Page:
Our research is in the area of bioinorganic chemistry.
Keywords that describe work currently underway include: metal binding studies of metallothioneins, spectroscopic studies of heme proteins, and theoretical+spectroscopic studies of porphyrinoids (porphyrins and phthalocyanines). Detailed information regarding these topics is available through our published articles.
Metals are key components of over 30% of known proteins and enzymes, essential in photosynthesis, are central elements in bones, and control both nerve and muscle action. Yet inorganic chemistry of biological processes is in its infancy.
Interactions between metals and proteins manifest in the metal-dependent structure of the biological molecule, in its electronic structure and subsequent properties, and in the overall functions which are tuned by the presence of the metal(s).
The intricate flow of metals through the human physiological system is largely unknown; particularly, the roles of metals in neurological chemistry. In vital processes of the body, metals are chaperoned as they pass through membranes, aggregate in cells and establish a delicate metabolic balance that exhibits illness or good health.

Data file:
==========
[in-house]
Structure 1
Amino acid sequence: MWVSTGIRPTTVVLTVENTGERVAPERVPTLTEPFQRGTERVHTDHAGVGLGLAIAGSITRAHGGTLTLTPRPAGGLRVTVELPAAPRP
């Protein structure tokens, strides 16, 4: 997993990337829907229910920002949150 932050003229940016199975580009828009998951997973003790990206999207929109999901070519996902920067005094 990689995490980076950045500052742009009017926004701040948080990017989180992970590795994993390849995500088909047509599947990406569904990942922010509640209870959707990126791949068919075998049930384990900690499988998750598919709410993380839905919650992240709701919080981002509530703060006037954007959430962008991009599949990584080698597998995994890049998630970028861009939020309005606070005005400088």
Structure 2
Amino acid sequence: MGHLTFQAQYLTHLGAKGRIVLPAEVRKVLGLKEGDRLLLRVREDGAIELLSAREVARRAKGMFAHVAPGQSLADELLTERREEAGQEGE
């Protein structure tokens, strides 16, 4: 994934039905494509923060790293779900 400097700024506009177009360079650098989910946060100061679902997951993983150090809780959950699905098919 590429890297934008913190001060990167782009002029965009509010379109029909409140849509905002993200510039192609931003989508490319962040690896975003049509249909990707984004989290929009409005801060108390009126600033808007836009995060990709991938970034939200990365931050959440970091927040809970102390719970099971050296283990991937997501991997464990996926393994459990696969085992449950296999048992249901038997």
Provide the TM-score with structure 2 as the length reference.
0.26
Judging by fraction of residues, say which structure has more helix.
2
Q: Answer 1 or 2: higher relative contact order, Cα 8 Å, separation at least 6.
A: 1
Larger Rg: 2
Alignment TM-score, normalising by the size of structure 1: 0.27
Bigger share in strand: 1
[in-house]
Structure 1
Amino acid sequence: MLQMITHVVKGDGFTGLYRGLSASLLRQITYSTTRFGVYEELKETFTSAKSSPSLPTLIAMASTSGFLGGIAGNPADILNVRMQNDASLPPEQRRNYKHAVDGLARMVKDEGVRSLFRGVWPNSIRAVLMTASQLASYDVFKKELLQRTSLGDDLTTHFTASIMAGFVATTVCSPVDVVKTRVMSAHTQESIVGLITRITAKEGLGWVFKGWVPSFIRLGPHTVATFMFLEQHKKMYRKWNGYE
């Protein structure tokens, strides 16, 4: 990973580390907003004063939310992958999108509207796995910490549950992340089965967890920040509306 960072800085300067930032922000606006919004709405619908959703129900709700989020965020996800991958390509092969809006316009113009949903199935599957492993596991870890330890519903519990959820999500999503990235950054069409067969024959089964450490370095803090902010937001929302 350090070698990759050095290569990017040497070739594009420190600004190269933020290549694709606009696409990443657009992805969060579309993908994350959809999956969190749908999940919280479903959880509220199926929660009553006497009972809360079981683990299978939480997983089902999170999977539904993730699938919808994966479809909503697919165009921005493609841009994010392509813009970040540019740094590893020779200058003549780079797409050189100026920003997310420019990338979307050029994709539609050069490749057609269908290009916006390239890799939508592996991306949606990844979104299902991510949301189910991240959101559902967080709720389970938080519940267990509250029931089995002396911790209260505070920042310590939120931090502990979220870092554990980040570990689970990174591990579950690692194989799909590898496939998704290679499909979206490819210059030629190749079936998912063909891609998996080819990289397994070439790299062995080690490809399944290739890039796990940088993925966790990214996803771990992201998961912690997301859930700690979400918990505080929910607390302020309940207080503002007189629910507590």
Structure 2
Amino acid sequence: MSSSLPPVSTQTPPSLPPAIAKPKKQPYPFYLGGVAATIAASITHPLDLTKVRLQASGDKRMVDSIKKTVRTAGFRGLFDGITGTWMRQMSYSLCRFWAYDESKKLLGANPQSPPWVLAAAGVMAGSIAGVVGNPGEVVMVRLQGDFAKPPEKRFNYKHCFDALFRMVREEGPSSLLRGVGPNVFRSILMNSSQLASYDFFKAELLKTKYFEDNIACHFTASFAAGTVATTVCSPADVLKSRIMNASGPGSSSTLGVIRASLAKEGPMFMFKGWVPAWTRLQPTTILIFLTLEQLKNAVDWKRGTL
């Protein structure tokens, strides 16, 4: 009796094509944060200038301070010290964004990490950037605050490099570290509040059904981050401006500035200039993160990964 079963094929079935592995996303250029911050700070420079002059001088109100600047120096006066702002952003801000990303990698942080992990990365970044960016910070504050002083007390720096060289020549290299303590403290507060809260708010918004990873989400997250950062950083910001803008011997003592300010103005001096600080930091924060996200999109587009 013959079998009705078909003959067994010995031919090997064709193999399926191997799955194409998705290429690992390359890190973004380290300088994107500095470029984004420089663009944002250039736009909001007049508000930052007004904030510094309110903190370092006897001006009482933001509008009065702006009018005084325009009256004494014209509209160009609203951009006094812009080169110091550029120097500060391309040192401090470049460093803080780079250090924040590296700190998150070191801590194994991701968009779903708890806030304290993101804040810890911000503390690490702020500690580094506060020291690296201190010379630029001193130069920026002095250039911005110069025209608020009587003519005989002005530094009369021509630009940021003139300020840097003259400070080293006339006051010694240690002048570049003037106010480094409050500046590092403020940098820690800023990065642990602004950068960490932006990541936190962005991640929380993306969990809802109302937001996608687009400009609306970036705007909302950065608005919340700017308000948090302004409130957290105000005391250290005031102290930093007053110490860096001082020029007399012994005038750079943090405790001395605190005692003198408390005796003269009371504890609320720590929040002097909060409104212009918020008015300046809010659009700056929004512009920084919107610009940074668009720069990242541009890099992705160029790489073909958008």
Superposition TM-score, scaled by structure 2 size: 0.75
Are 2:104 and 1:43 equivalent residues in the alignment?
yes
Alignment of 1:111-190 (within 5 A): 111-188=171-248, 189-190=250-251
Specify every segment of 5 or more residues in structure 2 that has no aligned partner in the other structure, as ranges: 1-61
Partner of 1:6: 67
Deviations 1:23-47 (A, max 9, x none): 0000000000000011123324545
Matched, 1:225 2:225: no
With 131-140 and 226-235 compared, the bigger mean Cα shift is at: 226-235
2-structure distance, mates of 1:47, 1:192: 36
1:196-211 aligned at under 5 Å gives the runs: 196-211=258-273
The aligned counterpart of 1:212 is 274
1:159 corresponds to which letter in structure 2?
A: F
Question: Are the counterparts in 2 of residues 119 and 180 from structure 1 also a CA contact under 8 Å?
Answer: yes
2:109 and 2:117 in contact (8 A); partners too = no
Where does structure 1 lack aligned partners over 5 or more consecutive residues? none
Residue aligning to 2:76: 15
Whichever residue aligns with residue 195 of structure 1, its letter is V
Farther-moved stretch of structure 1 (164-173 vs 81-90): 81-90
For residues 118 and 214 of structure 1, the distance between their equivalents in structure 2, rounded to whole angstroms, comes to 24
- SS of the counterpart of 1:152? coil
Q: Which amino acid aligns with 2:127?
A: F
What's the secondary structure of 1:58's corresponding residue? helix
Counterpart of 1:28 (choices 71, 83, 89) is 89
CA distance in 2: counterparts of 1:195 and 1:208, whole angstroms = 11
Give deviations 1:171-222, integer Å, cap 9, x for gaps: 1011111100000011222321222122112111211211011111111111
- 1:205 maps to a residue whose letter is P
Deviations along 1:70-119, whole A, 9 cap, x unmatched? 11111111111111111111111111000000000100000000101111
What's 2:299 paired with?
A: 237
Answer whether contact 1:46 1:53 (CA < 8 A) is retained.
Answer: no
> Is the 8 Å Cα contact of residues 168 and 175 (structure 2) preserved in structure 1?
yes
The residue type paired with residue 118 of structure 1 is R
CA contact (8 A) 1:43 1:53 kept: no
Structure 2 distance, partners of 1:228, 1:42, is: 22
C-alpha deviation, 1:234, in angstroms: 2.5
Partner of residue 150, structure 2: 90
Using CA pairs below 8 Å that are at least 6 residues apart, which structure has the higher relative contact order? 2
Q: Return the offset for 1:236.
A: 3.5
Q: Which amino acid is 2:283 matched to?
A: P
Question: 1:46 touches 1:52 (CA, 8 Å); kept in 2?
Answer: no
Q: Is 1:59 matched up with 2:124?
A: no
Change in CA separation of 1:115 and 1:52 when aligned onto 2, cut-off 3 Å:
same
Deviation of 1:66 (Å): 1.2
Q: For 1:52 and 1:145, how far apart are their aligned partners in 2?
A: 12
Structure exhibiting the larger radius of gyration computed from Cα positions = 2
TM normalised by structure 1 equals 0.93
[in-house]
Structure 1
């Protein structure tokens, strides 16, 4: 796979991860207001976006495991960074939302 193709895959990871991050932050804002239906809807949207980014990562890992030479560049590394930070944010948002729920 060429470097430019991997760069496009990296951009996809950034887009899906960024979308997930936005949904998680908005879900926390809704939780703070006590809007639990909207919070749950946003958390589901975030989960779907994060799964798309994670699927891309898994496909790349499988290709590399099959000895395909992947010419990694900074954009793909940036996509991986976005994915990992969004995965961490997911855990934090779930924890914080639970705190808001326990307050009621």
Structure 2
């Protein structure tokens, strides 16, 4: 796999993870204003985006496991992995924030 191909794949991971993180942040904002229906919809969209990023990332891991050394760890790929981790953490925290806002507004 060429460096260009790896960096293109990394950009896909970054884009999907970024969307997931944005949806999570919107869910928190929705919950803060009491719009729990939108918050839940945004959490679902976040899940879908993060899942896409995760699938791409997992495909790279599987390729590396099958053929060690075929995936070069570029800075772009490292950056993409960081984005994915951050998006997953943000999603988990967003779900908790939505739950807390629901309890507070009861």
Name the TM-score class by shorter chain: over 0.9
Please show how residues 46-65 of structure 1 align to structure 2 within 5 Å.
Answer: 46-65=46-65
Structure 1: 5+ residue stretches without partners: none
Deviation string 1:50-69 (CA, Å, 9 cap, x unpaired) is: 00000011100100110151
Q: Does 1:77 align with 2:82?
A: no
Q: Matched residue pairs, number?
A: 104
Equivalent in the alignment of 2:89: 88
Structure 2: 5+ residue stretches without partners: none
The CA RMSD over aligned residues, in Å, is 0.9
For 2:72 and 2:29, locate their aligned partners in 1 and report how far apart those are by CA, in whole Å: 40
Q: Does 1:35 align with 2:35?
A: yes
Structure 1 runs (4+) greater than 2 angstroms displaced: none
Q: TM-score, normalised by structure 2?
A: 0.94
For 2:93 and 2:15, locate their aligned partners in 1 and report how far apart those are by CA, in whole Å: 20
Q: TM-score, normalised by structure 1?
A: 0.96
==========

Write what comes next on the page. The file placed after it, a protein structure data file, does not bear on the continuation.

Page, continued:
For a complete description of how biological processes work, the study of biological metals is necessary. The devastating effects of toxic metals often found in the environment (in the past - lead and cadmium, and today - mercury and arsenic, the latter affecting over 40 million people) shows how all metals play a role in the health of the world. It is clear that metal-based pharmaceuticals will play an ever more important role in the future and we are keen to take part in finding out the full story.
UV-Vis (Cary 50, 100, 500)
Jasco J-810 CD (5.5T, 1.4T magnets)
Tunable dye N2-based laser
Bruker micrOTOF II ESI-MS
Recombinant protein production
Scigress Modelling Software
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